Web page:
A VOTE FOR OBAMA WON'T EQUAL TRUST - WINNING AN ELECTION IS NOT A MANDATE
Sudan ~ where President Obama once said the Darfur genocide must be stopped. Now, he supports those who commit the genocide (Khartoum), because of politics.
Photos received from Terry Nickelson of our humanity in the balance.org
Terry wrote this about the pictures ~
Sudan's Al-Bashir is distinguishing himself by conducting three ethnic cleansings simultaneously; Darfur, Abyei and South Kordofan. Nothing stops him."
Comments for President Obama: 202-456-1111
Tonight I wrote the letter below via www.whitehouse.gov/contact. Politicians claim that when you vote for them and they win that they have a mandate from the people. But assumption is presumptuous. So often, we vote against someone and not for someone.
July 4, 2011
Dear President Obama,
I believe compassion and empathy are the best of our human quallities As a human being who has worked since 2004 to bring attention to the Darfur genocide, I have watched as two USA administrations, the Bush and Obama, have stood idly by while Darfuris & now Sudanese in the Nuba Mountains region of South Kordofan get bombed by Khartoum. Your administration has chosen to side with Khartoum. I want to let you know that your administration has left me thoroughly frustrated and angry.
Never before had I involved myself in a campaign until your first one for President. I gave money to your campaign repeatedly, though I could not afford it. I rented a car to drive from where I reside in Rhode Island to volunteer to go door-to-door in NH for the week running up to the NH primary. I worked here in RI doing the same, but more comprehensively. I phone banked for you in NJ.
I say all this to tell you this: I cannot vote for a Republican for President this next election. But I cannot do any of the things that I did previously for your campaign this time. Why? I hope you get this letter and wonder that very question. You had me believing that your word was dependable. You had me believing you would be a President that I could be proud of. But I no longer believe that. I have watched you very closely-what you have said and done and what you haven’t said and done. My feelings of being betrayed by you started soon after Scott Gration spoke once you appointed him Special Envoy to Sudan. He obviously spoke for you. And he chose supporting Khartoum over the people Khartoum systematically has been eliminating.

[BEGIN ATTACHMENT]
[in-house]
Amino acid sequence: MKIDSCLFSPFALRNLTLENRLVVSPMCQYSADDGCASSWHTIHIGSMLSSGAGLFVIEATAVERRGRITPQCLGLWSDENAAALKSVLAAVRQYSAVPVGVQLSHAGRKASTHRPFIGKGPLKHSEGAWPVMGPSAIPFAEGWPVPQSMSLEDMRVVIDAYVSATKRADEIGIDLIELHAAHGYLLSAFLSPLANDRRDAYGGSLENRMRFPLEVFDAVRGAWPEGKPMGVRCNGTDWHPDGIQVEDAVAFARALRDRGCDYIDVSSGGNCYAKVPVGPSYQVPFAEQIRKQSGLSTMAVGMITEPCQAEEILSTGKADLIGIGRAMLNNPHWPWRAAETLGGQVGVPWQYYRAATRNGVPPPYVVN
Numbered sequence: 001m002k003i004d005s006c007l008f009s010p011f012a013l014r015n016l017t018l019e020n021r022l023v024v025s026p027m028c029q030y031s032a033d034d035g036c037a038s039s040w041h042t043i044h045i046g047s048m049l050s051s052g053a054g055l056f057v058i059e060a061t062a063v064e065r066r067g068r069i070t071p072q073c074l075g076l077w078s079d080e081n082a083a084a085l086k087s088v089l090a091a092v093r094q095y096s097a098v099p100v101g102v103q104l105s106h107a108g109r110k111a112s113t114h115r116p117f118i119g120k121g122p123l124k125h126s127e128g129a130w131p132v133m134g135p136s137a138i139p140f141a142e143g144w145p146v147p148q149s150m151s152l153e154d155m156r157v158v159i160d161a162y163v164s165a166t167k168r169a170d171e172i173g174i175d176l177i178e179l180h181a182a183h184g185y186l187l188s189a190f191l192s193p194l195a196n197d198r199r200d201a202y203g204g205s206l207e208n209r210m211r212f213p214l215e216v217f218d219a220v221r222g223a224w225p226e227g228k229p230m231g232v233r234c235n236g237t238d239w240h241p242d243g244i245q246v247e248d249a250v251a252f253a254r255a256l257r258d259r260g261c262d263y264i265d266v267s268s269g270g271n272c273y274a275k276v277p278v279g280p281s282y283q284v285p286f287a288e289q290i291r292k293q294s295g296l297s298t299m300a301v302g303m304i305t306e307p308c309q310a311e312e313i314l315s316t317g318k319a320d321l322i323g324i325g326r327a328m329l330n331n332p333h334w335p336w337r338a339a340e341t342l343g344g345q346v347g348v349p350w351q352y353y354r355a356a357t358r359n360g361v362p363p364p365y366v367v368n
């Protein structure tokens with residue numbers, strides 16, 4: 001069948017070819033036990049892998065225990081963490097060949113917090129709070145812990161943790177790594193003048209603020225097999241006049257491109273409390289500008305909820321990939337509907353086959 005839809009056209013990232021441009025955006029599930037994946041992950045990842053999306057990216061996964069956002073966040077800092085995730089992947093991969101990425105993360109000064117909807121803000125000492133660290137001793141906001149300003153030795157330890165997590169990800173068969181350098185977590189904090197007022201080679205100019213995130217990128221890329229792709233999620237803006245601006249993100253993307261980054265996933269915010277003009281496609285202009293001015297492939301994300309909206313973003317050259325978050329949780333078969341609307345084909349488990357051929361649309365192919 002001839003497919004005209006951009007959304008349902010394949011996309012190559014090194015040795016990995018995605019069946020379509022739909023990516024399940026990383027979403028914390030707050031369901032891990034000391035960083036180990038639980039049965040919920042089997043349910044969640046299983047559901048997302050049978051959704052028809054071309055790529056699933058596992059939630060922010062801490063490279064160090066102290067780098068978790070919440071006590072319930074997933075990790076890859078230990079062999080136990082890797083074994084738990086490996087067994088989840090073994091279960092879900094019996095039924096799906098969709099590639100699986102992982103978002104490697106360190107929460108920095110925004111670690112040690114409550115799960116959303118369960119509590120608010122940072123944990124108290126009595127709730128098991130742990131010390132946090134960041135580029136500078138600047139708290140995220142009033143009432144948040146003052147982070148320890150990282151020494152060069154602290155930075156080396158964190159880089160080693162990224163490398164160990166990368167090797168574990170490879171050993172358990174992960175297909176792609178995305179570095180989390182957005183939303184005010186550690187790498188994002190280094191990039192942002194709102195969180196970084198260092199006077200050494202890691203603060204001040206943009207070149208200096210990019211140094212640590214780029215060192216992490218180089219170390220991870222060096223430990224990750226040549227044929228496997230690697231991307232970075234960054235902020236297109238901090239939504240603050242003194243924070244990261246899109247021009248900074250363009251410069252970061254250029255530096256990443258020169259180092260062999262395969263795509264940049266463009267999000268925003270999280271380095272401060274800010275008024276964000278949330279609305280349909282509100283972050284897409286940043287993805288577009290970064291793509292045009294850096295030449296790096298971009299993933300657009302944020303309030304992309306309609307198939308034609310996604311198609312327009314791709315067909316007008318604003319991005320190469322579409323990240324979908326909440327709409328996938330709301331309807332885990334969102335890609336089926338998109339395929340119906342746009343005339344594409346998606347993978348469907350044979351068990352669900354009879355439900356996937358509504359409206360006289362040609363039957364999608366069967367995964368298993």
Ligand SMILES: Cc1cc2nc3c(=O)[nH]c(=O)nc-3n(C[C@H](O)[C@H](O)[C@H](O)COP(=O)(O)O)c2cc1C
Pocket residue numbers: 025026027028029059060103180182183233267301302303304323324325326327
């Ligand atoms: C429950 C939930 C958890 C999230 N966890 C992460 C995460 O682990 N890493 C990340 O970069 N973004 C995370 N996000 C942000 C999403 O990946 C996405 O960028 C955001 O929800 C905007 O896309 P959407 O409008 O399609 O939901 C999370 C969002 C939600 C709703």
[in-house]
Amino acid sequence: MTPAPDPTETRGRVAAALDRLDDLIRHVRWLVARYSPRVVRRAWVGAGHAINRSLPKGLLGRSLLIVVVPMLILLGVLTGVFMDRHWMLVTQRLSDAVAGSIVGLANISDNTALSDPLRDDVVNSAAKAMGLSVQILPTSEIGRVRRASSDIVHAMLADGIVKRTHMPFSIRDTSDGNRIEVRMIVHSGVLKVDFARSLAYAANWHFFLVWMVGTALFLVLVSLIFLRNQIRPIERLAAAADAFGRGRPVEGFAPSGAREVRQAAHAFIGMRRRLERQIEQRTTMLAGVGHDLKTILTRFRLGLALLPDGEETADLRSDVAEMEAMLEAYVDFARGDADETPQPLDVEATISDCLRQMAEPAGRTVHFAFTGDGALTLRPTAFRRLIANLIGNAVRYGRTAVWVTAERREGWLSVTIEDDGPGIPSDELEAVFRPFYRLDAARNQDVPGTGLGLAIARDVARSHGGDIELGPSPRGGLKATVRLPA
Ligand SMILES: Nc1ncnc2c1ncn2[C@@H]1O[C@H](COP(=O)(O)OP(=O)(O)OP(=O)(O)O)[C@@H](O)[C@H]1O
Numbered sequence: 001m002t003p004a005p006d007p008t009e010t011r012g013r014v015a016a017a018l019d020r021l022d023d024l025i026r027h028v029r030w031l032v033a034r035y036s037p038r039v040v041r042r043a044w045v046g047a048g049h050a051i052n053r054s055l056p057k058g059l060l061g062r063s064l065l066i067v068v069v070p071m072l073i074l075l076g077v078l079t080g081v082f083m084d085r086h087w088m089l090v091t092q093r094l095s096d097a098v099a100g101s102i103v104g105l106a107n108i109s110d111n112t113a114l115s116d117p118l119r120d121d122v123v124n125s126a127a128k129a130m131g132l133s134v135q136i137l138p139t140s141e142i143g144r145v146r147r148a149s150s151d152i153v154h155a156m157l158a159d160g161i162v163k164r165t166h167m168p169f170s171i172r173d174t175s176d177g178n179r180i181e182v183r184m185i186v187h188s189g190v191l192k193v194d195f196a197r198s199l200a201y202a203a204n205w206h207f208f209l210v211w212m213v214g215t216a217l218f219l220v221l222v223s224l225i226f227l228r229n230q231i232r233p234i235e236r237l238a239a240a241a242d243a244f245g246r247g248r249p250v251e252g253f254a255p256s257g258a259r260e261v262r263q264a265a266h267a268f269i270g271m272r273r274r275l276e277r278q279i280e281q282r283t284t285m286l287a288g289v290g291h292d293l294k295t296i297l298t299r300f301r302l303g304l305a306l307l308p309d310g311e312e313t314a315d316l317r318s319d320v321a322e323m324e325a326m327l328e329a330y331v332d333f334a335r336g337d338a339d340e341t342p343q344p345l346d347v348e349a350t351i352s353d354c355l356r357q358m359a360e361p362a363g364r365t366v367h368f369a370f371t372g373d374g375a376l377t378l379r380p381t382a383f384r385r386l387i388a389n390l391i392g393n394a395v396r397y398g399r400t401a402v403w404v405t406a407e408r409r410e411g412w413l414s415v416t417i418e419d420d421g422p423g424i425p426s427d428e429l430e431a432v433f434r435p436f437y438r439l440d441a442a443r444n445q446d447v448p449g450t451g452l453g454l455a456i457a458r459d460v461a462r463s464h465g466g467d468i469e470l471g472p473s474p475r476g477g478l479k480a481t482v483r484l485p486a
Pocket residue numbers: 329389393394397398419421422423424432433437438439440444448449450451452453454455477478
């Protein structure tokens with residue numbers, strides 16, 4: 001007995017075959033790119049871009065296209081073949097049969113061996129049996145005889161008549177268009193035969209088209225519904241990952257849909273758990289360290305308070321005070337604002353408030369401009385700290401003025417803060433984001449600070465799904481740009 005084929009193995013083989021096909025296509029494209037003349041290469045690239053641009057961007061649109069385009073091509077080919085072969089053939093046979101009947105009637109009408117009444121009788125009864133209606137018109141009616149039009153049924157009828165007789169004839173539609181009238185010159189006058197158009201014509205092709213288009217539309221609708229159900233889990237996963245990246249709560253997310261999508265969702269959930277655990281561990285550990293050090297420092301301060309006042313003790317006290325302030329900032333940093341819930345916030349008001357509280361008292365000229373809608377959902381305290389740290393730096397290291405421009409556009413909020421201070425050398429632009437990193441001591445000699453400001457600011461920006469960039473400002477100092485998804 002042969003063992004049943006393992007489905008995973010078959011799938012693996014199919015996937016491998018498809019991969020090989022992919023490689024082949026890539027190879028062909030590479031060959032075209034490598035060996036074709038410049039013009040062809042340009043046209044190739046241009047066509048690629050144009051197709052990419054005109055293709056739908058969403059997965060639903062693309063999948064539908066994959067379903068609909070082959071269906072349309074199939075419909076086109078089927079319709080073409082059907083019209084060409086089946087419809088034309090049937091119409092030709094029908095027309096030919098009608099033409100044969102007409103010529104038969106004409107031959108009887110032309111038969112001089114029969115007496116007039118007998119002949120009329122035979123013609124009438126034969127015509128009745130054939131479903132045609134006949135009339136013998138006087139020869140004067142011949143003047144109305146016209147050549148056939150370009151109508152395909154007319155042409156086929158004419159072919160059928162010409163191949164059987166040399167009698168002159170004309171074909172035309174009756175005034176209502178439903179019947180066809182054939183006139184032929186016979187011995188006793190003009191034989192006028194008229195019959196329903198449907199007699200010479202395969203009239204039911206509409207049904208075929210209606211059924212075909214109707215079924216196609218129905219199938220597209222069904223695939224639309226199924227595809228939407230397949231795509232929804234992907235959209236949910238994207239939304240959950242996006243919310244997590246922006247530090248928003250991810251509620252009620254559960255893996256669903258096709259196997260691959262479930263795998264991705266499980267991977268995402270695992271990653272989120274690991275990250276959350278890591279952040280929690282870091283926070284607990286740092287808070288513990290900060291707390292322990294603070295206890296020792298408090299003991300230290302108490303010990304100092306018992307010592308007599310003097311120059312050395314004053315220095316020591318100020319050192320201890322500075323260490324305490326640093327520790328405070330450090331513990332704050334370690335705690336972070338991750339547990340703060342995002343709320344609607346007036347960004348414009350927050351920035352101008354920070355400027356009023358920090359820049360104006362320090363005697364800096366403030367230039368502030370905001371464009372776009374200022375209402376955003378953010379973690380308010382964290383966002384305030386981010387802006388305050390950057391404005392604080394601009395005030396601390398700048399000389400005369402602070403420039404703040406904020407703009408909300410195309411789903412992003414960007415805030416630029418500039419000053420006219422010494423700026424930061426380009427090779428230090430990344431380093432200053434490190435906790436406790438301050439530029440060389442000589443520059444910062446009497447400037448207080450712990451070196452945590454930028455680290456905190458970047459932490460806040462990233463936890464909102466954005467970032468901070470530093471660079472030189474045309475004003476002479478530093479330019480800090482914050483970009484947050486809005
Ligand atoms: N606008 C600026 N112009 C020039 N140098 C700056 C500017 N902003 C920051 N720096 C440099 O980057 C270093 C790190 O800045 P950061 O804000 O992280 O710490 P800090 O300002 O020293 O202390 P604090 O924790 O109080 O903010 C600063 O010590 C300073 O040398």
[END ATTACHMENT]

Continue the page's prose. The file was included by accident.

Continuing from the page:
I will be forced to vote against the Republican Presidential candidate this time and that will mean I will have to vote for you. I want you to know though you will get my vote, however you have lost something more important. My respect for you. And my trust in what you say that you will do. I made a small film for a Compassion Film Festival, DARFUR – THE ABANDONED GENOCIDE, http://www.youtube.com/watch?v=1YG-6mQx8jI
and in the film, it has you saying over and over what led me to believe that you would not let the people down of Darfur. But you have done just that. No President that I can put my trust in would have done this.
The Darfur genocide “IS a stain on our souls”, as you said once. And genocide will go on as long as there is no accountability. Whenever you have a choice between right and wrong about genocide as a leader, there is only one that should allow you to sleep.
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Comments for President Obama: 202-456-1111
At the link is a full article ~Jul-05, 2011 Probe-UN-neglect-in-South-Kordofan
Here is an excerpt:
The U.N. peacekeeping mission UNMIS has been a part of the problem in South Kordofan, where many Nuba, although northern Sudanese, joined south Sudan’s war for a democratic “New Sudan.” Established in March 2005, after the Comprehensive Peace Agreement ended the 22-year civil war, the mission was headed until 2010 by a man who colleagues say was given to calling the Nuba “monkeys.” On his watch, the lack of initiative of UNMIS and perceived complicity with Khartoum was a cause of deep frustration, and anger, to its most committed staff. UNMIS was also spectacularly uninformed about the reality of South Kordofan.
In 2008, I published a report that detailed the resurgence of government-supported militias in South Kordofan – including in a village called Al-Fayd – and concluded that “many now view war in the Nuba Mountains as inevitable.” UNMIS pooh-poohed the report, which it said was “far from the reality on the ground.” Fast-forward to April this year, on the eve of war, and an attack by militia who, according to UNMIS, “killed … looted … burnt houses and raped.” The village? Al-Fayd.